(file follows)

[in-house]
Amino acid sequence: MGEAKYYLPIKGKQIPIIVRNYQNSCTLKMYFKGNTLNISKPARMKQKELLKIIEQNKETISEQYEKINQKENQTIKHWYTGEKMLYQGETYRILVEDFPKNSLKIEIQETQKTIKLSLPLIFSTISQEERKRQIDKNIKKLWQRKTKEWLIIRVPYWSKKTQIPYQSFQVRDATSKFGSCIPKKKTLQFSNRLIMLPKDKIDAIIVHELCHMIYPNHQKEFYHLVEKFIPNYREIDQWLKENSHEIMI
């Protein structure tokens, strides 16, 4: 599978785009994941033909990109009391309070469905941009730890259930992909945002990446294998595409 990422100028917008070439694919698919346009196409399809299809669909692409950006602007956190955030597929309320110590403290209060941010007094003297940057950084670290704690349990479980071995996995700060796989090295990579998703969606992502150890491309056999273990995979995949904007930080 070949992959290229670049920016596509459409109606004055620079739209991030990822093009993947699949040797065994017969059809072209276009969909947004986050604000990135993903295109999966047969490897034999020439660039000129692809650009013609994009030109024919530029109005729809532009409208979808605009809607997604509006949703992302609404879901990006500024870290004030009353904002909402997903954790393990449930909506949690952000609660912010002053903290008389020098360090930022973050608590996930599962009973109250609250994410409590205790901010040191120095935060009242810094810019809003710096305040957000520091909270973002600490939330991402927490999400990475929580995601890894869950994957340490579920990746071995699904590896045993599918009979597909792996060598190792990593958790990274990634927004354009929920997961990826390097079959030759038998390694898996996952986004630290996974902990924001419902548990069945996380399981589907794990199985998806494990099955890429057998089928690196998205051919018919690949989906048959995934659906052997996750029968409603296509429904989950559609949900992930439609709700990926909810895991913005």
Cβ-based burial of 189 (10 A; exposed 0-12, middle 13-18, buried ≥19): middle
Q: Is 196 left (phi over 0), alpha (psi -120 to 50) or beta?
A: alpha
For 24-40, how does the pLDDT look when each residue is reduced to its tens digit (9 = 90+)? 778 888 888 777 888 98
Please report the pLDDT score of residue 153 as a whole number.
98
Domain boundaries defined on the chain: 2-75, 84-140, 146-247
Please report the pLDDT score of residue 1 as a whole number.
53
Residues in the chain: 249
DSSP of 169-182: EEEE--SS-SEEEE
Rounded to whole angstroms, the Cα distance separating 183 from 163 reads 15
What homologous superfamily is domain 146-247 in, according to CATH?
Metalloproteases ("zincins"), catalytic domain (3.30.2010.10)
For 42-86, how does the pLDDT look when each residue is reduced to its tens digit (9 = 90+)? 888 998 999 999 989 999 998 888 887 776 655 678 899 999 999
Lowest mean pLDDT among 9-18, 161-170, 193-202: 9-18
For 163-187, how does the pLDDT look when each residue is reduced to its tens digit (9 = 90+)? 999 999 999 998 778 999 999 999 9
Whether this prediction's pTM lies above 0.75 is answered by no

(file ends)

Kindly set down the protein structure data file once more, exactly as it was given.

[in-house]
Amino acid sequence: MGEAKYYLPIKGKQIPIIVRNYQNSCTLKMYFKGNTLNISKPARMKQKELLKIIEQNKETISEQYEKINQKENQTIKHWYTGEKMLYQGETYRILVEDFPKNSLKIEIQETQKTIKLSLPLIFSTISQEERKRQIDKNIKKLWQRKTKEWLIIRVPYWSKKTQIPYQSFQVRDATSKFGSCIPKKKTLQFSNRLIMLPKDKIDAIIVHELCHMIYPNHQKEFYHLVEKFIPNYREIDQWLKENSHEIMI
């Protein structure tokens, strides 16, 4: 599978785009994941033909990109009391309070469905941009730890259930992909945002990446294998595409 990422100028917008070439694919698919346009196409399809299809669909692409950006602007956190955030597929309320110590403290209060941010007094003297940057950084670290704690349990479980071995996995700060796989090295990579998703969606992502150890491309056999273990995979995949904007930080 070949992959290229670049920016596509459409109606004055620079739209991030990822093009993947699949040797065994017969059809072209276009969909947004986050604000990135993903295109999966047969490897034999020439660039000129692809650009013609994009030109024919530029109005729809532009409208979808605009809607997604509006949703992302609404879901990006500024870290004030009353904002909402997903954790393990449930909506949690952000609660912010002053903290008389020098360090930022973050608590996930599962009973109250609250994410409590205790901010040191120095935060009242810094810019809003710096305040957000520091909270973002600490939330991402927490999400990475929580995601890894869950994957340490579920990746071995699904590896045993599918009979597909792996060598190792990593958790990274990634927004354009929920997961990826390097079959030759038998390694898996996952986004630290996974902990924001419902548990069945996380399981589907794990199985998806494990099955890429057998089928690196998205051919018919690949989906048959995934659906052997996750029968409603296509429904989950559609949900992930439609709700990926909810895991913005």
Cβ-based burial of 189 (10 A; exposed 0-12, middle 13-18, buried ≥19): middle
Q: Is 196 left (phi over 0), alpha (psi -120 to 50) or beta?
A: alpha
For 24-40, how does the pLDDT look when each residue is reduced to its tens digit (9 = 90+)? 778 888 888 777 888 98
Please report the pLDDT score of residue 153 as a whole number.
98
Domain boundaries defined on the chain: 2-75, 84-140, 146-247
Please report the pLDDT score of residue 1 as a whole number.
53
Residues in the chain: 249
DSSP of 169-182: EEEE--SS-SEEEE
Rounded to whole angstroms, the Cα distance separating 183 from 163 reads 15
What homologous superfamily is domain 146-247 in, according to CATH?
Metalloproteases ("zincins"), catalytic domain (3.30.2010.10)
For 42-86, how does the pLDDT look when each residue is reduced to its tens digit (9 = 90+)? 888 998 999 999 989 999 998 888 887 776 655 678 899 999 999
Lowest mean pLDDT among 9-18, 161-170, 193-202: 9-18
For 163-187, how does the pLDDT look when each residue is reduced to its tens digit (9 = 90+)? 999 999 999 998 778 999 999 999 9
Whether this prediction's pTM lies above 0.75 is answered by no